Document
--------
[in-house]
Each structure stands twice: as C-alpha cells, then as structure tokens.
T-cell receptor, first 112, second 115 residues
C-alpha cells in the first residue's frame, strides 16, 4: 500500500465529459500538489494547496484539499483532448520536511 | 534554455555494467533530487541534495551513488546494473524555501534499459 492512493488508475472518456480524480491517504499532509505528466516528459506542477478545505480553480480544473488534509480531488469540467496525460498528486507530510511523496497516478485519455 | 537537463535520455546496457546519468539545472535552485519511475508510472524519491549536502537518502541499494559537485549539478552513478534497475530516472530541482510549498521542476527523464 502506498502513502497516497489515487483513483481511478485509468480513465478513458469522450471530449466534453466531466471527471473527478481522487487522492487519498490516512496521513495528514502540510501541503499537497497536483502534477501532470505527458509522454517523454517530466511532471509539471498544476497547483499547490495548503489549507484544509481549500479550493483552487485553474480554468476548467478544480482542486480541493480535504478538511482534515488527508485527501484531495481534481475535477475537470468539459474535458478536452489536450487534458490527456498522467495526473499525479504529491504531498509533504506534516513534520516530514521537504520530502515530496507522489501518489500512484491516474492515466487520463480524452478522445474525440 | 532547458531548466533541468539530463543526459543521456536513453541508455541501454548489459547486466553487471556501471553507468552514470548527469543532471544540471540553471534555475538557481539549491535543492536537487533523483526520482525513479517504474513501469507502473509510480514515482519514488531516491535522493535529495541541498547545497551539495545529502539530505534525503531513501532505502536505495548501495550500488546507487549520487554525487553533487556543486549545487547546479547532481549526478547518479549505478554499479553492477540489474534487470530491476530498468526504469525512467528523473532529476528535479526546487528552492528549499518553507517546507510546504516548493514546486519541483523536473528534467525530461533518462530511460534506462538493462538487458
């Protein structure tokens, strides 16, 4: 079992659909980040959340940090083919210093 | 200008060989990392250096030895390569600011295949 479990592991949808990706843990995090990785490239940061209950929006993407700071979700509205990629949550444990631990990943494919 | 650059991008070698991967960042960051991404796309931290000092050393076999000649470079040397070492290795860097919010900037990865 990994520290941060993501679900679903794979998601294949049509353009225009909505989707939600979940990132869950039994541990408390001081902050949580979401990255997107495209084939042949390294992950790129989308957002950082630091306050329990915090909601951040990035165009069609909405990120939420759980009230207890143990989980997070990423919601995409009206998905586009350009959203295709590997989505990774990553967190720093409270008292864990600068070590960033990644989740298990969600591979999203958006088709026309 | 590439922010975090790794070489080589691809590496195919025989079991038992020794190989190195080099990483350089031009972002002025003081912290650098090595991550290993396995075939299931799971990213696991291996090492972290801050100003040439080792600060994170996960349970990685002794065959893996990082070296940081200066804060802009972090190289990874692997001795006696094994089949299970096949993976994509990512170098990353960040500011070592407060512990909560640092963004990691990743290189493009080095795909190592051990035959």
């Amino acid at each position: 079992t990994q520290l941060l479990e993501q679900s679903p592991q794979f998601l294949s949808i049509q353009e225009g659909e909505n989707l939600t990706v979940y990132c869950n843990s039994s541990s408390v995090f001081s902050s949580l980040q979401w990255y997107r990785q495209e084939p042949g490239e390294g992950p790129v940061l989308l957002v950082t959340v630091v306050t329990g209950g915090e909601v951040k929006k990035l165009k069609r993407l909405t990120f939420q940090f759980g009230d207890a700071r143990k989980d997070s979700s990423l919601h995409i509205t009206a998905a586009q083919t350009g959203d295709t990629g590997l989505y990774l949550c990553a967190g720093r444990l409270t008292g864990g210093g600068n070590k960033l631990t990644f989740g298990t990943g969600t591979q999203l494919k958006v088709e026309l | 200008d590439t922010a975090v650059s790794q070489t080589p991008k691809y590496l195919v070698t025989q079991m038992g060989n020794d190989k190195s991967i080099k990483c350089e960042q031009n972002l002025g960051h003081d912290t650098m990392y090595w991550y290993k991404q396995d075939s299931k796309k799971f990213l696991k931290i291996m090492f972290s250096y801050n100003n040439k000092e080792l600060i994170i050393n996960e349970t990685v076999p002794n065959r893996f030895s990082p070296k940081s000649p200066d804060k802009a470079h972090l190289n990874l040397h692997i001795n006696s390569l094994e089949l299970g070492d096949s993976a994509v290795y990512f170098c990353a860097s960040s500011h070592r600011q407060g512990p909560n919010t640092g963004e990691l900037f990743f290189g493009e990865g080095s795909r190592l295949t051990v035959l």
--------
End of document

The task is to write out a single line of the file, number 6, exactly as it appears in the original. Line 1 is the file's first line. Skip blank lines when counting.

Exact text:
């Amino acid at each position: 079992t990994q520290l941060l479990e993501q679900s679903p592991q794979f998601l294949s949808i049509q353009e225009g659909e909505n989707l939600t990706v979940y990132c869950n843990s039994s541990s408390v995090f001081s902050s949580l980040q979401w990255y997107r990785q495209e084939p042949g490239e390294g992950p790129v940061l989308l957002v950082t959340v630091v306050t329990g209950g915090e909601v951040k929006k990035l165009k069609r993407l909405t990120f939420q940090f759980g009230d207890a700071r143990k989980d997070s979700s990423l919601h995409i509205t009206a998905a586009q083919t350009g959203d295709t990629g590997l989505y990774l949550c990553a967190g720093r444990l409270t008292g864990g210093g600068n070590k960033l631990t990644f989740g298990t990943g969600t591979q999203l494919k958006v088709e026309l | 200008d590439t922010a975090v650059s790794q070489t080589p991008k691809y590496l195919v070698t025989q079991m038992g060989n020794d190989k190195s991967i080099k990483c350089e960042q031009n972002l002025g960051h003081d912290t650098m990392y090595w991550y290993k991404q396995d075939s299931k796309k799971f990213l696991k931290i291996m090492f972290s250096y801050n100003n040439k000092e080792l600060i994170i050393n996960e349970t990685v076999p002794n065959r893996f030895s990082p070296k940081s000649p200066d804060k802009a470079h972090l190289n990874l040397h692997i001795n006696s390569l094994e089949l299970g070492d096949s993976a994509v290795y990512f170098c990353a860097s960040s500011h070592r600011q407060g512990p909560n919010t640092g963004e990691l900037f990743f290189g493009e990865g080095s795909r190592l295949t051990v035959l």